Bin Laden urges Europe to quit Afghanistan
DUBAI (Reuters) - Al Qaeda leader Osama bin Laden urged European countries to end their military cooperation with U.S. forces in Afghanistan, in an audio tape aired by Al Jazeera television on Thursday.
He said American power was waning and it would be wise for the Europeans to quickly end their role in Afghanistan, where many European countries contribute to the 50,000-strong NATO and U.S.-led coalition forces fighting his Taliban allies.
"With the grace of God ... the American tide is receding and they would eventually return to their home across the Atlantic ... It is in your interest to force the hand of your politicians (away from) the White House," said a speaker in the recording who sounded like bin Laden.
He said the United States would soon leave the region, leaving Afghanistan's neighbours "to settle their scores".
In Washington, a U.S. counterterrorism official said the voice on the audio tape appeared to be bin Laden's. It was not immediately clear when the new message was recorded.
The United States led the invasion of Afghanistan to depose its Taliban rulers in late 2001, after they refused to hand over bin Laden and other al Qaeda leaders following the September 11 attacks on the United States.
Bin Laden did not make any threat in the portions of the recording aired by Jazeera. The full tape is yet to be released by an Islamist Web site which said on Monday it would carry it. Pro-al Qaeda militants have accused Al Jazeera of omitting important parts of the last bin Laden tape.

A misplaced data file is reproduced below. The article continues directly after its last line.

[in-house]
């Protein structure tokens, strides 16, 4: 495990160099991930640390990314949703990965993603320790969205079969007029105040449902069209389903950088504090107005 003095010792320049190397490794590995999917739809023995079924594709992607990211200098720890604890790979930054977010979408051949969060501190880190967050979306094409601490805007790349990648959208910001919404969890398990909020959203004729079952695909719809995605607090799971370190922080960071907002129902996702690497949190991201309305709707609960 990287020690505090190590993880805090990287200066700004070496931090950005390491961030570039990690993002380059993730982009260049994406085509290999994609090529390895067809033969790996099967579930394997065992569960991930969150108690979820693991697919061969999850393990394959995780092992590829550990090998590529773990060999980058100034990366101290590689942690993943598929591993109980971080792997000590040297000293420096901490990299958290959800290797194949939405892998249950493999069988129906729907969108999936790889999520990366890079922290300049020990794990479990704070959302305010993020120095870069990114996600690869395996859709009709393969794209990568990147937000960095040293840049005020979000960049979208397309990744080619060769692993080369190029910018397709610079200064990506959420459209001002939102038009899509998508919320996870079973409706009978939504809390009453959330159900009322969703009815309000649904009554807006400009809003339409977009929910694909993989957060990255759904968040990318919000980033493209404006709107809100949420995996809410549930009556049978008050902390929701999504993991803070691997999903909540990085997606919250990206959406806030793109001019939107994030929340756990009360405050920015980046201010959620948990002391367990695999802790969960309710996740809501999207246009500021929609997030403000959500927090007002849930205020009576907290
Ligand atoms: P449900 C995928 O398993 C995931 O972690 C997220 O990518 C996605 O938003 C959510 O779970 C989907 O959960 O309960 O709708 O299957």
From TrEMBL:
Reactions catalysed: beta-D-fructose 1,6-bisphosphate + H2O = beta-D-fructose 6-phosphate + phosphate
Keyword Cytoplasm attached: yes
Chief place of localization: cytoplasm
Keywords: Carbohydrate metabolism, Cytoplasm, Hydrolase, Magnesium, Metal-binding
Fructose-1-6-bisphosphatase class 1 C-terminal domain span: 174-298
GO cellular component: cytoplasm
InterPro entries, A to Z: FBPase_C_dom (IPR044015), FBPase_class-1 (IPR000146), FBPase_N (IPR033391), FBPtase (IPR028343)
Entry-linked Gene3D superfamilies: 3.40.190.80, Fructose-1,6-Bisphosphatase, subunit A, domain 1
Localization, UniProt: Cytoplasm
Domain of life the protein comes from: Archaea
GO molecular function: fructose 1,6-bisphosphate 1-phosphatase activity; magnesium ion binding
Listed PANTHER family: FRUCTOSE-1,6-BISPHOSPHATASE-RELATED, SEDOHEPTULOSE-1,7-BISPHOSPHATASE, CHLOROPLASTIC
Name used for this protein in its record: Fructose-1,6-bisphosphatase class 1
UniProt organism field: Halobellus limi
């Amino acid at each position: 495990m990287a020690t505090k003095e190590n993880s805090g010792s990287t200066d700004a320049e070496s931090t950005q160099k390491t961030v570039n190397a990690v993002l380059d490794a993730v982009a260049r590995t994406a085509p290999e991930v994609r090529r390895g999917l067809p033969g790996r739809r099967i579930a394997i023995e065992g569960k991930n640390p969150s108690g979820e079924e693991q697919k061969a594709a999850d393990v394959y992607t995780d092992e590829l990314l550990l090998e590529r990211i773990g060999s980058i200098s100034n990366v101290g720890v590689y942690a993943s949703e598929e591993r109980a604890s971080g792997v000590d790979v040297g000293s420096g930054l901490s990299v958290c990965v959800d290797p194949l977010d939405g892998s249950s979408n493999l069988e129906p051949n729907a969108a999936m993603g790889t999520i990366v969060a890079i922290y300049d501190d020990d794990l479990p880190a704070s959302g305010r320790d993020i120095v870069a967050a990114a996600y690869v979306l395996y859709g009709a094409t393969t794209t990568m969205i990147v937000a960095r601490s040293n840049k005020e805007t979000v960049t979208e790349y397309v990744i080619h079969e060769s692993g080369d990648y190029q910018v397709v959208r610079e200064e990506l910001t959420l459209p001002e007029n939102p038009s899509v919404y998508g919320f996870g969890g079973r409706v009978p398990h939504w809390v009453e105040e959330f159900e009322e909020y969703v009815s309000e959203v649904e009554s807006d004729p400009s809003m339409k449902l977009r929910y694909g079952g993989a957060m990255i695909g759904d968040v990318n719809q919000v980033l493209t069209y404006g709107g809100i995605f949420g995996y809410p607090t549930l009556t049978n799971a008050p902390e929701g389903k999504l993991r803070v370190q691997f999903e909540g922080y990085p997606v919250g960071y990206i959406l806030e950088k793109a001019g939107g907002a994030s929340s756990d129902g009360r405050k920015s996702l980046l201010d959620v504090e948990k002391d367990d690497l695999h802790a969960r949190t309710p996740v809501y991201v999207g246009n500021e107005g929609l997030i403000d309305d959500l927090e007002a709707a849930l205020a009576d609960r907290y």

In the portions aired by Jazeera, bin Laden said the Taliban had no knowledge of plans for the 2001 attacks.
"I am the one responsible... The Afghan people and government knew nothing whatsoever about these events," he said, adding that the United States had not provided any evidence of Taliban involvement to justify its invasion.
"Europe marched behind it with no choice but to be a lackey," bin Laden said.
"I'm addressing you (Europeans) and not your politicians ... (who) like to be in the shadow of the White House as many third world leaders," he said, naming current and former leaders of Britain, France, Spain and Italy, including French President Nicolas Sarkozy and British Prime Minister Gordon Brown.
The United States has been urging its NATO allies to send more troops to Afghanistan, but European nations remain reluctant to commit further reinforcements.
Among European countries with troops in Afghanistan are Britain, Germany and France. The West says coalition forces aim to help bring security to allow reconstruction after decades of conflict.
But Afghanistan has seen a steady rise in violence since the Taliban relaunched their insurgency to overthrow the pro-Western Afghan government and eject foreign troops two years ago.
Bin Laden accused foreign forces of committing atrocities in Afghanistan.
"Most victims of your bombardments are purposely children and women. And you know that our (Muslim) women do not fight but you target them even during festivities to break the morale of the mujahideen (holy war fighters)," he said.
Bin Laden's last message was released on October 22. The Saudi-born militant then urged unity between Iraq's Sunni insurgents.
(Additional reporting by Inal Ersan; Editing by Sami Aboudi)
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